10. Spend time around children. Nothing works better for me than to sit down with kids and get them to talking. It’s pure, unadulterated joy! Once, after visiting with first graders, a little girl handed me a note as I was leaving. It read: “Mr. Jordan ...You are the beast princepal in the wurld!” I just know she meant “best,” but that laugh helped me forget about my problems for a while. As someone once said, kids spell “love” as T-I-M-E. 9. Laugh more. Not at others, but at ourselves. As some of you know, I wear a hairpiece, and I decided a long time ago to milk it for everything I could. Once it blew off at the gas station and flew around the pump and under the car on the other side. I was dressed in a suit and tie, but that hairpiece was important to me, so I flattened myself out like a snake and scooted under that old car and grabbed it. I was covered in dirt and grime and oil, but I got it back! I thought I was going to have to take my wife to the emergency room; she was so tickled at the sight. 8. Say “no” more often. Oh, if only you would! Those of us who are “doers” always take on too much. It’s time to take a few things off of our plates. 7. Avoid negative people. Hey, they’re no fun and they drag us down. Stay away from them. It’s true that misery loves company, but let the company be someone else who’s miserable. 6. Do everything in moderation. I think God developed a 24-hour day so that we could have eight hours of sleep, eight hours of work, and eight hours for our families and ourselves. When we have 38

Texas School Business • July/August 2012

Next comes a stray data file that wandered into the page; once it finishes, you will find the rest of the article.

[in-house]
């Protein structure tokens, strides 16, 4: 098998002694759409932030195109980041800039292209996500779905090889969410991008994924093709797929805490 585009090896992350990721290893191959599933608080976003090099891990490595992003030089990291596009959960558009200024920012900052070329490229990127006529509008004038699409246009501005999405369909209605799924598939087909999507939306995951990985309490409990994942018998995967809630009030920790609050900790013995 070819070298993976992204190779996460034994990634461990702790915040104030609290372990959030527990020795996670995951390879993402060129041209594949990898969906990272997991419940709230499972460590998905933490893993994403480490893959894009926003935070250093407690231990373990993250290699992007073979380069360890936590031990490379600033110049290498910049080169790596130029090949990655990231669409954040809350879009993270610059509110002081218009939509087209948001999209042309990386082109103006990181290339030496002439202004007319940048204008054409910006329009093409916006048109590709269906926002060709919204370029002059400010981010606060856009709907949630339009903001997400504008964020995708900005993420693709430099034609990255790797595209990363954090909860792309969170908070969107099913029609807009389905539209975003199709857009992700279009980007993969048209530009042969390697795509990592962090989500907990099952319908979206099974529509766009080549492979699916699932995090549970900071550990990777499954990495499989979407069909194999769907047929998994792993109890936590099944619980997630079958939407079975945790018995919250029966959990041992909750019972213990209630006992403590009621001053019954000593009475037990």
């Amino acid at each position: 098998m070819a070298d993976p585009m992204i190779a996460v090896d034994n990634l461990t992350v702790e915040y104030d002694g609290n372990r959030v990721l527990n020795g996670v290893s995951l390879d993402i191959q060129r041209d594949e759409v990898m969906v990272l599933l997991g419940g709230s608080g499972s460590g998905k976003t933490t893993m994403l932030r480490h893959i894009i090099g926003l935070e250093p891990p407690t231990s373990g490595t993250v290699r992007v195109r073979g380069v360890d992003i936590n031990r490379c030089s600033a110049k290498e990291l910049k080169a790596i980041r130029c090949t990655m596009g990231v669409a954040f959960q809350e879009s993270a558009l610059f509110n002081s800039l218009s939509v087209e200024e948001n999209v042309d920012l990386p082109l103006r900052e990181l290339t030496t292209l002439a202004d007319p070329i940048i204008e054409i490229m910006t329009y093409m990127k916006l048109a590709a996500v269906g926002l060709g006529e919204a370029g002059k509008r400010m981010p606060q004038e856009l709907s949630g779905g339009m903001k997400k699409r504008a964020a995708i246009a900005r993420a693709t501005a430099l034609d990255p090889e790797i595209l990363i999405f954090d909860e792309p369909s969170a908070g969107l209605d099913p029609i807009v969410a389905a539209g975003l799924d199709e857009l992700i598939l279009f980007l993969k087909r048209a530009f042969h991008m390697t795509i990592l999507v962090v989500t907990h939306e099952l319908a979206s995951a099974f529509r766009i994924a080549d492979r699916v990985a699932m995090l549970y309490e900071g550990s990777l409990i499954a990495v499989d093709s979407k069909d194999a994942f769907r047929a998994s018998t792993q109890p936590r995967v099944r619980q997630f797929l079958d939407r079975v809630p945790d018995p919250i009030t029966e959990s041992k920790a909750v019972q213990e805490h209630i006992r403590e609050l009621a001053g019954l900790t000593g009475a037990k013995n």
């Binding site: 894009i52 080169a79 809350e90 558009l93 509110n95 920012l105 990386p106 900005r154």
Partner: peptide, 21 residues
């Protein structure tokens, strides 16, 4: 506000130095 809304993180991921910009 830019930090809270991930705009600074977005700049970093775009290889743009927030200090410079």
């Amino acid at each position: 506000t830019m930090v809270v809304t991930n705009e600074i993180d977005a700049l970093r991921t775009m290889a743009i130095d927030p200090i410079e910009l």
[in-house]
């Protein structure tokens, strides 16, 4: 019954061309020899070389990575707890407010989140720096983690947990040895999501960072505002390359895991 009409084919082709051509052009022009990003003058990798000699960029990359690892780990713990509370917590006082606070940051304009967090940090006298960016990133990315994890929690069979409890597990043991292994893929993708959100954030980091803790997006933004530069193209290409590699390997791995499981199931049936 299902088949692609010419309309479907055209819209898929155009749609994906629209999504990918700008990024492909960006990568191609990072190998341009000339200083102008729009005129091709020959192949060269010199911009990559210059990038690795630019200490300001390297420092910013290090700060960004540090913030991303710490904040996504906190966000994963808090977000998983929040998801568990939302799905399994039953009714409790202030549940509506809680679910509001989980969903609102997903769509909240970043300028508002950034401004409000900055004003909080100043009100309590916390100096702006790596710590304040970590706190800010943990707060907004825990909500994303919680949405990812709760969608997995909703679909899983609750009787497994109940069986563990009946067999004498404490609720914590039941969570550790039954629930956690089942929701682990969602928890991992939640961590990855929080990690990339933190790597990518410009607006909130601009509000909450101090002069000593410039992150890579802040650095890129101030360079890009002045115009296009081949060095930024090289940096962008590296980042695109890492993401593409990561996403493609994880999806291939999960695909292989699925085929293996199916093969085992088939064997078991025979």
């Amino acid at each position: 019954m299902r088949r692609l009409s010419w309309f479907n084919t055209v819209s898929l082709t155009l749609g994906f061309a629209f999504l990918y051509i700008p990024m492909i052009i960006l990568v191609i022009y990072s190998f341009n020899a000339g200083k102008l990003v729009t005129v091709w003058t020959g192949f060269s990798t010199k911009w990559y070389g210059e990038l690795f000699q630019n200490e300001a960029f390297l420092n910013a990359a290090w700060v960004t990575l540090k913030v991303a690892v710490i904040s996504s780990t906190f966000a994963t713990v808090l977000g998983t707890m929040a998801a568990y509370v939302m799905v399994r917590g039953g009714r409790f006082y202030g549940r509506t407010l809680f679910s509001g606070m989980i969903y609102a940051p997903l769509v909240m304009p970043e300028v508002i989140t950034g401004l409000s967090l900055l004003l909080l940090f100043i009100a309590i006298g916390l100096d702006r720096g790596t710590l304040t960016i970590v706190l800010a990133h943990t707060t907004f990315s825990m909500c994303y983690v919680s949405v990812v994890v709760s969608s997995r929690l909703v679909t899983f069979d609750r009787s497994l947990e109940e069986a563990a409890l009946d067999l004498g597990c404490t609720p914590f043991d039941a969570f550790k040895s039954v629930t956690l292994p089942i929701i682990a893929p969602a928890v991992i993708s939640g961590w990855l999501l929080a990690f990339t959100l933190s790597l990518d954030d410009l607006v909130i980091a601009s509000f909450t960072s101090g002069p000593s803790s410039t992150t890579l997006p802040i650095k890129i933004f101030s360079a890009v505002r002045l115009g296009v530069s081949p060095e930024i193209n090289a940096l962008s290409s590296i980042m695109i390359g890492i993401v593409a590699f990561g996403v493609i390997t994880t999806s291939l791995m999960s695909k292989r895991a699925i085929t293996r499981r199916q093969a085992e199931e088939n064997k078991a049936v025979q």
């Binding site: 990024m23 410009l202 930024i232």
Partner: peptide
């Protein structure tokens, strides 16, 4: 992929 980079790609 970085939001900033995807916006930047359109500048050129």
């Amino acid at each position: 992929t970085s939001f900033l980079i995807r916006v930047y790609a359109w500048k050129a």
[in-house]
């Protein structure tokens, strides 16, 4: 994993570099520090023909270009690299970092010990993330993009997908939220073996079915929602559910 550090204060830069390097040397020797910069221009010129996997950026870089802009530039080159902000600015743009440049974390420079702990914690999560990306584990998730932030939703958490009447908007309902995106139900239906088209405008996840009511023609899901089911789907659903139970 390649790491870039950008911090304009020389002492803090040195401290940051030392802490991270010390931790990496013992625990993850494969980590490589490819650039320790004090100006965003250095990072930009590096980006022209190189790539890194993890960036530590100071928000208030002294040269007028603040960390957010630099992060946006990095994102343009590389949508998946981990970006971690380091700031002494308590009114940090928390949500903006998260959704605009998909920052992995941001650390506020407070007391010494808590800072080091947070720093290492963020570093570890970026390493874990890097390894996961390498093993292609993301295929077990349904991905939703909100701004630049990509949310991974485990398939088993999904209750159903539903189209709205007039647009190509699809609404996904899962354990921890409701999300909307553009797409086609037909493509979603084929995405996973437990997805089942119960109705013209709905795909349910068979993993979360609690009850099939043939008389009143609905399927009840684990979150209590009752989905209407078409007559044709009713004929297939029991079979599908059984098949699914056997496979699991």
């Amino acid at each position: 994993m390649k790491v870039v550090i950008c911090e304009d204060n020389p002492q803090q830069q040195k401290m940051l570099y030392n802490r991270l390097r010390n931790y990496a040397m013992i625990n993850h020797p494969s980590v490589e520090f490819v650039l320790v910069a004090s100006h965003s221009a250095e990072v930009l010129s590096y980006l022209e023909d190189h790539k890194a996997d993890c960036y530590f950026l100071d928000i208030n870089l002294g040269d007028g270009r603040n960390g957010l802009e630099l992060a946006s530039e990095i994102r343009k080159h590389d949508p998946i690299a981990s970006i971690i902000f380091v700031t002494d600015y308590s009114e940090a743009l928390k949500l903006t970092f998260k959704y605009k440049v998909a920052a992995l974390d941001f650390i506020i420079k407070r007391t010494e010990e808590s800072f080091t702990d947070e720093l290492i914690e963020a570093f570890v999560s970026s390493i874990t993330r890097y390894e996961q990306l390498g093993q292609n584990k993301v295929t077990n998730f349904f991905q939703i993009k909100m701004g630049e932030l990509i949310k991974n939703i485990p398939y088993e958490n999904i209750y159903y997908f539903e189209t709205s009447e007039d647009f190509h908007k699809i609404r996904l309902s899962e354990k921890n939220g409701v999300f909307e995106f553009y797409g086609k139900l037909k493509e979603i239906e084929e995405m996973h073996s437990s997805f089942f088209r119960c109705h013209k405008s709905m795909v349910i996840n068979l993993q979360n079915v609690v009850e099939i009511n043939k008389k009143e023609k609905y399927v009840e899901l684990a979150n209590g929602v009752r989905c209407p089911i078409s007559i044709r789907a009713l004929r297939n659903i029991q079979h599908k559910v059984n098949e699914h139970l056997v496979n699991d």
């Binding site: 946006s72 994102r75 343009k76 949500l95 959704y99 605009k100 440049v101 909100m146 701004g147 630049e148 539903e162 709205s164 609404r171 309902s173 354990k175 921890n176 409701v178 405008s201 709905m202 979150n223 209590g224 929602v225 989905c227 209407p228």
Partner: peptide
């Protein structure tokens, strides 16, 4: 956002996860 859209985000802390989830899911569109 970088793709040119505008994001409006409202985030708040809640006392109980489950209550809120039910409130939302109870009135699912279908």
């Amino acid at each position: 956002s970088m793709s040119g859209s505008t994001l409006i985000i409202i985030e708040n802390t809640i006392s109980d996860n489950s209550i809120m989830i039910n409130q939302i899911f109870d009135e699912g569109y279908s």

balance in our lives, it’s guaranteed to make things go more smoothly. 5. Feed the birds. It works for me. I buy sunflower seeds in a 50-pound bag, and the relaxation that comes from watching those birds is worth every effort. 4. Cook a meal and eat by candlelight. Ah, yes, a little romance and “quiet time.” Need I say more? 3. Help someone. Ralph Waldo Emerson once wrote, “It is one of the most beautiful compensations of this life that no person can sincerely try to help another without helping himself.” 2. Simplify your life. “Uncluttering” your life can make an amazing difference. Start with your desk. Throw most of it into the trash receptacle. At home, give away things you aren’t using. And finally, the one that I personally find most helpful. It’s tragic that this one has become so “controversial” to some. Nevertheless, I feel I must share it. 1. Trust in God. “What? You can’t talk about religion! This is America!” (That comment always makes me laugh.) OK. I’ll just suggest that whenever the world is getting the best of you, take out a onedollar bill, flip it over, and read the words right above the word “one.” It worked for our forefathers, and it still works today. Well, there you have it: my top 10 ways to reduce stress. Try them. The alternative is a visit to the doctor. I tried that once, and he told me to avoid any unnecessary stress. So when his bill came, I didn’t open it. Until next time, have a great, stressfree day! RINEY JORDAN, whose best-selling book “All the Difference” is now in its sixth printing, is an international speaker and humorist. He can be reached at riney@yahoo.com or by visiting www.rineyjordan.com.